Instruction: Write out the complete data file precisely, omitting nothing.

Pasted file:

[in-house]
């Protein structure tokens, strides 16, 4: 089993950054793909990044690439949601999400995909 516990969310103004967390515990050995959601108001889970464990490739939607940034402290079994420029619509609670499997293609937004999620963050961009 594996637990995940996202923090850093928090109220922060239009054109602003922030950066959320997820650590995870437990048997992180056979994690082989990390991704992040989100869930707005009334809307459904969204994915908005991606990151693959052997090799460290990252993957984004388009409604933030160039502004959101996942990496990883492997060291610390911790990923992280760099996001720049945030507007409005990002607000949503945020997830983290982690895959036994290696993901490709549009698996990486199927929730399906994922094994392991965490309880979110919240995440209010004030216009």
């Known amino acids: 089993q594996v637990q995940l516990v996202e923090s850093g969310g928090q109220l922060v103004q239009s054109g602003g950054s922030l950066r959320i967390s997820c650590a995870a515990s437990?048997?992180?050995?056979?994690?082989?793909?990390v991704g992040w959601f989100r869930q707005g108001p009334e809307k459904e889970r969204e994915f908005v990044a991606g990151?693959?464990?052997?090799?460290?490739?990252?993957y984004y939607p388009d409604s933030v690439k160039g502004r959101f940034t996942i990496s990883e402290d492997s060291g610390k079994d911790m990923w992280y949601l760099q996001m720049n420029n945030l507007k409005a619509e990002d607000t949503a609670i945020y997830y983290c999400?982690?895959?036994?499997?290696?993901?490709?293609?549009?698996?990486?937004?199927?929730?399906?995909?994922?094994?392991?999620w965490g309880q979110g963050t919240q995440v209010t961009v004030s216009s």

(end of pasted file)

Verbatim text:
[in-house]
């Protein structure tokens, strides 16, 4: 089993950054793909990044690439949601999400995909 516990969310103004967390515990050995959601108001889970464990490739939607940034402290079994420029619509609670499997293609937004999620963050961009 594996637990995940996202923090850093928090109220922060239009054109602003922030950066959320997820650590995870437990048997992180056979994690082989990390991704992040989100869930707005009334809307459904969204994915908005991606990151693959052997090799460290990252993957984004388009409604933030160039502004959101996942990496990883492997060291610390911790990923992280760099996001720049945030507007409005990002607000949503945020997830983290982690895959036994290696993901490709549009698996990486199927929730399906994922094994392991965490309880979110919240995440209010004030216009």
């Known amino acids: 089993q594996v637990q995940l516990v996202e923090s850093g969310g928090q109220l922060v103004q239009s054109g602003g950054s922030l950066r959320i967390s997820c650590a995870a515990s437990?048997?992180?050995?056979?994690?082989?793909?990390v991704g992040w959601f989100r869930q707005g108001p009334e809307k459904e889970r969204e994915f908005v990044a991606g990151?693959?464990?052997?090799?460290?490739?990252?993957y984004y939607p388009d409604s933030v690439k160039g502004r959101f940034t996942i990496s990883e402290d492997s060291g610390k079994d911790m990923w992280y949601l760099q996001m720049n420029n945030l507007k409005a619509e990002d607000t949503a609670i945020y997830y983290c999400?982690?895959?036994?499997?290696?993901?490709?293609?549009?698996?990486?937004?199927?929730?399906?995909?994922?094994?392991?999620w965490g309880q979110g963050t919240q995440v209010t961009v004030s216009s």